Your Job as a Patient
A healthcare professional — be it doctor, nurse, or physician assistant — can’t do their job if you don’t do yours, so we talk about the important ways you can help your doctor help you.
Healthcare is a team sport, and you have an important role to play. If you’ve had our 3 Steps Detect training, you know your job as a patient is part of Step 3. You need to be prepared for your appointment, know what to ask, and how to follow up.
It’s normal to feel some fear when you go to the doctor, but preparation can help you feel less scared and more in control.
Common Mistakes We Make as Patients
Wait Too Long Before Calling the Doctor
You may ignore and minimize symptoms, hoping they will go away on their own. Sometimes they do, but if they don’t, if they last more than 2 weeks, you need to find out what’s causing it. If you wait too long to investigate a health change, it will probably get worse, and be more complicated to treat.
Unprepared for Our Doctor’s Appointment
It is a mistake to think it’s ok to show up at the doctor’s office unprepared. Taking a few minutes to prepare before an appointment will make a big difference. Preparing lists, notes, and questions, so you can explain your symptoms and not forget anything is really important. Doctors don’t have a lot of time for each patient, sometimes seeing 20 patients in a day, so your prep helps them deliver the best care.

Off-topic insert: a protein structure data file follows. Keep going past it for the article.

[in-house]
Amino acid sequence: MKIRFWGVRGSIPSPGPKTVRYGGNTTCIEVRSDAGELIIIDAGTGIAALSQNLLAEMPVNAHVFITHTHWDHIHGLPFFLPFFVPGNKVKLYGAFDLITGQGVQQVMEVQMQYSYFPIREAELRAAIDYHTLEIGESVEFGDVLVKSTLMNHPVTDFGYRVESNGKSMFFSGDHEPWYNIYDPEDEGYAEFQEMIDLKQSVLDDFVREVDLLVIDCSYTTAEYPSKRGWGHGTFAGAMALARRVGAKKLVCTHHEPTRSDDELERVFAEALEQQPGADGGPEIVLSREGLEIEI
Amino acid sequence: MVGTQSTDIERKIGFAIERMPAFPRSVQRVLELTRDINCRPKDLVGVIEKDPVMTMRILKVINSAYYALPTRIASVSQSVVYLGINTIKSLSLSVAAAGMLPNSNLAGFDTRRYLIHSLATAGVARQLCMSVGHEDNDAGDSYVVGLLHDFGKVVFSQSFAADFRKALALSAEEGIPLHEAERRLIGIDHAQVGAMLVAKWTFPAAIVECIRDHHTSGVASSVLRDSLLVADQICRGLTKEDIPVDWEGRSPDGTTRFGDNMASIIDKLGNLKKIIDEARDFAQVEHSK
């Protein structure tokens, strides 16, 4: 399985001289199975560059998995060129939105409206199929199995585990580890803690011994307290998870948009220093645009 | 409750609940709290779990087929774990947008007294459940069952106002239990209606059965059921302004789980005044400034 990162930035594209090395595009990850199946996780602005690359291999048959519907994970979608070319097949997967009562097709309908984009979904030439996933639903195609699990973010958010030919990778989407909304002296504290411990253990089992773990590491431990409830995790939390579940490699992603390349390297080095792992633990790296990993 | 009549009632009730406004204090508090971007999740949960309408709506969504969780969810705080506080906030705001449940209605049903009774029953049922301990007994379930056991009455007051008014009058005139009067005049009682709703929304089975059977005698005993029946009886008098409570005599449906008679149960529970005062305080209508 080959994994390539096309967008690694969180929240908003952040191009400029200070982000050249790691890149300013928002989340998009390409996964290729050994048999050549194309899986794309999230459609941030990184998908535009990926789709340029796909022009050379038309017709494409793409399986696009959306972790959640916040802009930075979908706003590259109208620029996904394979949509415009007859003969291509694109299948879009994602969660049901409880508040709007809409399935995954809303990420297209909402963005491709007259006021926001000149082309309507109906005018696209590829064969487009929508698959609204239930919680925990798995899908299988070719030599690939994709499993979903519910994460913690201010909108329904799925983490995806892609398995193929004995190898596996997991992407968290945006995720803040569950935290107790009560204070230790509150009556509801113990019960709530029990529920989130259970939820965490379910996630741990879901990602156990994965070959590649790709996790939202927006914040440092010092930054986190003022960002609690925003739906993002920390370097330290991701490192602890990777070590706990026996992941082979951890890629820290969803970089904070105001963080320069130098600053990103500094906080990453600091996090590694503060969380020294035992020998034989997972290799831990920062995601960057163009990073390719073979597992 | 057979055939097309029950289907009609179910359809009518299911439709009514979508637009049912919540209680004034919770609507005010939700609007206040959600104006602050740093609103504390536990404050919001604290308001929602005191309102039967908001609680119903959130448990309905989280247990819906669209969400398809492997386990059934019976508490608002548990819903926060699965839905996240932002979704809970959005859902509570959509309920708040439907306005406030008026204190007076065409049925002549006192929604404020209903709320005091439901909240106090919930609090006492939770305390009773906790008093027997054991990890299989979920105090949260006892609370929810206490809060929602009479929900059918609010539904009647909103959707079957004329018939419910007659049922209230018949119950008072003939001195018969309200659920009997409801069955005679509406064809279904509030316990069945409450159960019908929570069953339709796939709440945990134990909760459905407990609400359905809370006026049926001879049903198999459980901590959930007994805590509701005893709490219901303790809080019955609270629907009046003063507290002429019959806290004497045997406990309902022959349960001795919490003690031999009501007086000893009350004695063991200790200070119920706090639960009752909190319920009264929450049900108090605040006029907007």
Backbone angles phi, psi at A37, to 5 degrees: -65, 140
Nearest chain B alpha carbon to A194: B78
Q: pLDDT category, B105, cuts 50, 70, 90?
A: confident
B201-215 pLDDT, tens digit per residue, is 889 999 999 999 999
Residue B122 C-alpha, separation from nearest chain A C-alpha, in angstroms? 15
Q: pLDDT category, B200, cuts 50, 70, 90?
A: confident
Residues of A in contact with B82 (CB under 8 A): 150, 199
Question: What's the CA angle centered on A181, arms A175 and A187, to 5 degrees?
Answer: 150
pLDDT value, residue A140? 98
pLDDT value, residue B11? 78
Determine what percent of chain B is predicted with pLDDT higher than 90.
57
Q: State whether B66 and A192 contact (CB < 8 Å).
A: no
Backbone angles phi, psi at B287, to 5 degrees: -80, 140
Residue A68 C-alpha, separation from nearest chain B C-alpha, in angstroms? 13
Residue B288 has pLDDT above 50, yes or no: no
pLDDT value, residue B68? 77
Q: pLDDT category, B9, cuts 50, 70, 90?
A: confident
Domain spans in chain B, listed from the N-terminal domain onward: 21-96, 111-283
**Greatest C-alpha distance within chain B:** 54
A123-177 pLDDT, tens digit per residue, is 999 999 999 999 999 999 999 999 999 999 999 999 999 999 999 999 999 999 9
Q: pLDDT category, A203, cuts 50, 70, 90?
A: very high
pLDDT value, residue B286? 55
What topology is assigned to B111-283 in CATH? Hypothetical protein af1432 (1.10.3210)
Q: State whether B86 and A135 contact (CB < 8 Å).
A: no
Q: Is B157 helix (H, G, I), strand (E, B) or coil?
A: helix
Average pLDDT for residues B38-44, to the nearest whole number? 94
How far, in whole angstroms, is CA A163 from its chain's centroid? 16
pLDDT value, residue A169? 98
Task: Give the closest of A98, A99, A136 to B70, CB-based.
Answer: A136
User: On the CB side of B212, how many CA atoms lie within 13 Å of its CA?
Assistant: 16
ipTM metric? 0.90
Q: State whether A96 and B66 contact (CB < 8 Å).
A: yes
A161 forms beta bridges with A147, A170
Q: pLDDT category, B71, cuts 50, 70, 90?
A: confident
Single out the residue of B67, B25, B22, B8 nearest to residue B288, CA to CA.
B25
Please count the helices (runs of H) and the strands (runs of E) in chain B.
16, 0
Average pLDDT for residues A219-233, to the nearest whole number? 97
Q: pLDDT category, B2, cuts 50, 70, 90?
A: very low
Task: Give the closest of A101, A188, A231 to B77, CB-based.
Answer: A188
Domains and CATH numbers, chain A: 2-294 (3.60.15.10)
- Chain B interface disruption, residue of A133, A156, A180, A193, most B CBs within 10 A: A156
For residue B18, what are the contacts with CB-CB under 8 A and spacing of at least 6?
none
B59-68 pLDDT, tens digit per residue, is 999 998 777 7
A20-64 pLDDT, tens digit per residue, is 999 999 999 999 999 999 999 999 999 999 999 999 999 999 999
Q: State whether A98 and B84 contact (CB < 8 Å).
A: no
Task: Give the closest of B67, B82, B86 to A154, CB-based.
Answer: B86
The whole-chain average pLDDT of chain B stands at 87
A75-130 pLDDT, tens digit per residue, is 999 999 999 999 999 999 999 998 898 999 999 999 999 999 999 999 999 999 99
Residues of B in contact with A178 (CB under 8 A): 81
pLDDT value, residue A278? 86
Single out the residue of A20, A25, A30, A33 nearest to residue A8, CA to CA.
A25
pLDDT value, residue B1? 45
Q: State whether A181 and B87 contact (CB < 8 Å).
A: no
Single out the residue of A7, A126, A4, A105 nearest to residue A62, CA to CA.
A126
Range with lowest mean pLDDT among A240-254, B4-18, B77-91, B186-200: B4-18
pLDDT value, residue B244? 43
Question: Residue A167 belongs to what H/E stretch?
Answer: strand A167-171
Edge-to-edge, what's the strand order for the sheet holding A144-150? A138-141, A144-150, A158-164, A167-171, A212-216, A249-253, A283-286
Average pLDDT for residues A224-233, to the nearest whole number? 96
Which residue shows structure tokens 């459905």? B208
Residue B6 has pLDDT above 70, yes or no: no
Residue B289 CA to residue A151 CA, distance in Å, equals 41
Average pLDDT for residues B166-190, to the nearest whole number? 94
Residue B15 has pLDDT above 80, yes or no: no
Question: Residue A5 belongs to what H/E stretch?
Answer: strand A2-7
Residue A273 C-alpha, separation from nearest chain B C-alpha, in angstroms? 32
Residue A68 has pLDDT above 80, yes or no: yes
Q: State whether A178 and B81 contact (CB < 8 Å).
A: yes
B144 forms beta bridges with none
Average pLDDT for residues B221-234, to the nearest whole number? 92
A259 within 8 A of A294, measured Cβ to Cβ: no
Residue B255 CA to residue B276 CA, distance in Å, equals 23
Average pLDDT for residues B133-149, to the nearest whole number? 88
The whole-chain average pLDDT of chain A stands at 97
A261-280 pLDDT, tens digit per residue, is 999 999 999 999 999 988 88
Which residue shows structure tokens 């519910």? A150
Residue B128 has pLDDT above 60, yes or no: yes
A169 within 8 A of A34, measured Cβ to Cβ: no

Not Always Honest with the Doctor
When talking to your doctor, you have to tell the truth, even if it’s embarrassing or uncomfortable. You may not want to tell your provider about habits that you know you should quit because they aren’t good for you. You may not like to talk about parts of your body or things that seem gross, but without a full and complete understanding of what’s going on, your doctor can’t help you. Nothing surprises them. They deal with this stuff all the time.
Don’t Ask Enough Questions
There’s no such thing as a dumb question in your provider’s office. Doctors can sometimes use technical terms without even realizing it. If you don’t understand something your doctor says, ask. If the advice they give you is not going to work for you for some reason, say so.
It is part of your job as a patient to ask questions, and a great way to help your doctor with early detection. Being an active patient and a strong self advocate will get you better healthcare, no matter the issue or illness.
Don’t Follow Through
Whether it’s waiting for a test result assuming that no news is good news, not tracking down test results, or reporting back to the doctor that the problem hasn’t resolved, what happens after the appointment is YOUR responsibility.